Thinking Out Loud

April 23, 2013

Will There Be a Resurrection of Christian Bookstores?

Filed under: books — Tags: , , , — paulthinkingoutloud @ 7:23 am

Guest post by Larry WillardThis article appeared last week by permission of the author in our affiliate blog, Christian Book Shop Talk; but we thought it should also be seen by readers here. Larry Willard is an owner of Toronto’s largest Christian bookstore, Faith Family Books; and Castle Quay Books, one of Canada’s largest publishing companies.

Larry WillardFor the past five years I have been speaking about the great Christian bookstore Tsunami and how you and I unintentionally helped the demise of hundreds of loyal, well-established Christian bookstores in Canada and the USA without even trying. You have heard how bricks and mortar bookstores were just another example of the 8 track tape whose time had passed and death was inevitable. But many are beginning to doubt that is accurate and I hear more confessions that people miss the whole array of products and services that they offered and wish they could help to bring them back. And though I am not a prophet, I want to risk saying that I still see a need for some of those lost services and I believe the brick and mortar bookstore is in the midst of going through a metamorphosis and some will soon come out of their cocoon resurrected as “a better creature than ever.”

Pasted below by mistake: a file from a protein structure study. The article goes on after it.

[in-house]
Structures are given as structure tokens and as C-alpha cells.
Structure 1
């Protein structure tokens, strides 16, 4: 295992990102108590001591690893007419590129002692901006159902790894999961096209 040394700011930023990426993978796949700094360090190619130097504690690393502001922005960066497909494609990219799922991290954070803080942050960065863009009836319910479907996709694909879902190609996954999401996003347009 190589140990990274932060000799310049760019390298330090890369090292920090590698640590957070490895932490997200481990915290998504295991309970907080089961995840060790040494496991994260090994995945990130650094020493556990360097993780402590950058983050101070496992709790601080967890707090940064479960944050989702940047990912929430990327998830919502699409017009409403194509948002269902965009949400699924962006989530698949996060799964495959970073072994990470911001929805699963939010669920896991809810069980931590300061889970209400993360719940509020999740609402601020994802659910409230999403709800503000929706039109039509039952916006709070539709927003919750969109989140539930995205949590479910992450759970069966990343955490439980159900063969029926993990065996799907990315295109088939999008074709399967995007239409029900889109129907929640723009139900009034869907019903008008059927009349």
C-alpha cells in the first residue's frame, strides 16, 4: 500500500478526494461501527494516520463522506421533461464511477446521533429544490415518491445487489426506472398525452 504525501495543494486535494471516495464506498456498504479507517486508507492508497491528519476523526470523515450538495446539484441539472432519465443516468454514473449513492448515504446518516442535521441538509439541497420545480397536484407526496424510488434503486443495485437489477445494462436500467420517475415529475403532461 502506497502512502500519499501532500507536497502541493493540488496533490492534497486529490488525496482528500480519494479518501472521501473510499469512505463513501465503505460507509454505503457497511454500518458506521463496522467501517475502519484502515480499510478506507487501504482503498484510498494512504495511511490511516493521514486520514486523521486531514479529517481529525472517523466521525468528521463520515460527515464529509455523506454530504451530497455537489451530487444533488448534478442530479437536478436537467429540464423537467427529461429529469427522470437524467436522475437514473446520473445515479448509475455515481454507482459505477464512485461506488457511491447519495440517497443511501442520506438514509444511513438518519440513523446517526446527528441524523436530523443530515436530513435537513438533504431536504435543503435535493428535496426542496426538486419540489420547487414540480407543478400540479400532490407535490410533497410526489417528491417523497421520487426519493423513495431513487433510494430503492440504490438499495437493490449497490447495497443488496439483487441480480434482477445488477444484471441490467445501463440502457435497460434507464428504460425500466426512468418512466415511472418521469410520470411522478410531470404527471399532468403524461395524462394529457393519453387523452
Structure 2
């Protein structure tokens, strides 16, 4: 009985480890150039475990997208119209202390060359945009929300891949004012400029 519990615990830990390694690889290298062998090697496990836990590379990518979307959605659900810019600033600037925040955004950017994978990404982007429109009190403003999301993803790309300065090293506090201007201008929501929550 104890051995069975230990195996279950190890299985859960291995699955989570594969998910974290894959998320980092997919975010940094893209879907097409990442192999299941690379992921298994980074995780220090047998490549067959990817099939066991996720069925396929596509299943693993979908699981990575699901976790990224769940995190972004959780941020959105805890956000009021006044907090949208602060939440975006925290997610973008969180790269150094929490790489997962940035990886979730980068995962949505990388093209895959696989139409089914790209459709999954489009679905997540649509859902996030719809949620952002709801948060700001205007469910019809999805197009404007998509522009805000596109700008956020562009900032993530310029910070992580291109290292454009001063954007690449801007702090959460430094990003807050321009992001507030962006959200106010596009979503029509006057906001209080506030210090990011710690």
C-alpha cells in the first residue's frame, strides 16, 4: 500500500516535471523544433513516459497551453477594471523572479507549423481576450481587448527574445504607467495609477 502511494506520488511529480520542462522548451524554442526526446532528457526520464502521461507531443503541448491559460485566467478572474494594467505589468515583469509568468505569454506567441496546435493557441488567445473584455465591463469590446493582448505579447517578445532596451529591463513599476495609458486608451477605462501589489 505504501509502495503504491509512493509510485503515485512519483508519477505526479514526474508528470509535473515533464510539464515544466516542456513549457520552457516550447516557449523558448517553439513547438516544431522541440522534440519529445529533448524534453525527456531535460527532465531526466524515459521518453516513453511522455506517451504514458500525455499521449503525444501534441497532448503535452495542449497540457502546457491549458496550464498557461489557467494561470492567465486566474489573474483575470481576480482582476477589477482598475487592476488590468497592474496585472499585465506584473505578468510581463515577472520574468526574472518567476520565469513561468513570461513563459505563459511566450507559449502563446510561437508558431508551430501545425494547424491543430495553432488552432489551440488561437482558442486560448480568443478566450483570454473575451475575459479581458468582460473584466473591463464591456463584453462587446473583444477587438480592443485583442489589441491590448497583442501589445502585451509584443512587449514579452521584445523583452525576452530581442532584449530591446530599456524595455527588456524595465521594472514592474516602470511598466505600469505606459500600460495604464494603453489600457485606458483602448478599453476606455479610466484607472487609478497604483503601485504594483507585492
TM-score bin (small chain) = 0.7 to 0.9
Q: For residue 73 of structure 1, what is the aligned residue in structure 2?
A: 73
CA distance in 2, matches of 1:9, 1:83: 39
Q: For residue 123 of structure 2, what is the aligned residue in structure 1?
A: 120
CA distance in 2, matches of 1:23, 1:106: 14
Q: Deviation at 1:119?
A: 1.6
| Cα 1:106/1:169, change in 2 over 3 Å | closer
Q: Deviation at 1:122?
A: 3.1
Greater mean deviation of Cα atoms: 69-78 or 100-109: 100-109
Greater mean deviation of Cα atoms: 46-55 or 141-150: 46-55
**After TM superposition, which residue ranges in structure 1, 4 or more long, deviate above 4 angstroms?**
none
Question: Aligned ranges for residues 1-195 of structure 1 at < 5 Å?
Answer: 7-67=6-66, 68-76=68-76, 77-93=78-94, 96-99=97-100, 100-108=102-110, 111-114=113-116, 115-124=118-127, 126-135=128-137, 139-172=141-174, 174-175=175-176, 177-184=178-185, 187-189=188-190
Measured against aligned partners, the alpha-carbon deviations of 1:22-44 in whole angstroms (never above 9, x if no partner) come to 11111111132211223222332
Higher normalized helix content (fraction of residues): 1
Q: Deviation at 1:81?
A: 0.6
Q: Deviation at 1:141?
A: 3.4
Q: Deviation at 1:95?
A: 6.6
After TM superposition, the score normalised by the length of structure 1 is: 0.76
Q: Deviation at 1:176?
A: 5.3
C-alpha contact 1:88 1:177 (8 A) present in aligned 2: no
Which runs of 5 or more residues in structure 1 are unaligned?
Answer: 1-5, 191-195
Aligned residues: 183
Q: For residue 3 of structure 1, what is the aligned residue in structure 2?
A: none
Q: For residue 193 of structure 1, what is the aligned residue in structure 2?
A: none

I always insisted that my contribution (and no doubt yours) was unintended and so we are innocent of their death. I always went to local bookstore but like you, all I wanted was a “good deal” for my hard-earned dollars so I increasingly went to the lowest bidder. As my mother used to remind me, “A penny saved is a penny earned! (Oh dear…seeing what has happened to the penny, I guess we’ll have to modernize that adage as well). So I was following her wise counsel” I didn’t expect there would be such a consequence to my saving “a few cents here” and “a few dollars there!” But it happened. And that “lowest-cost” mindset eventually killed the local Christian establishment.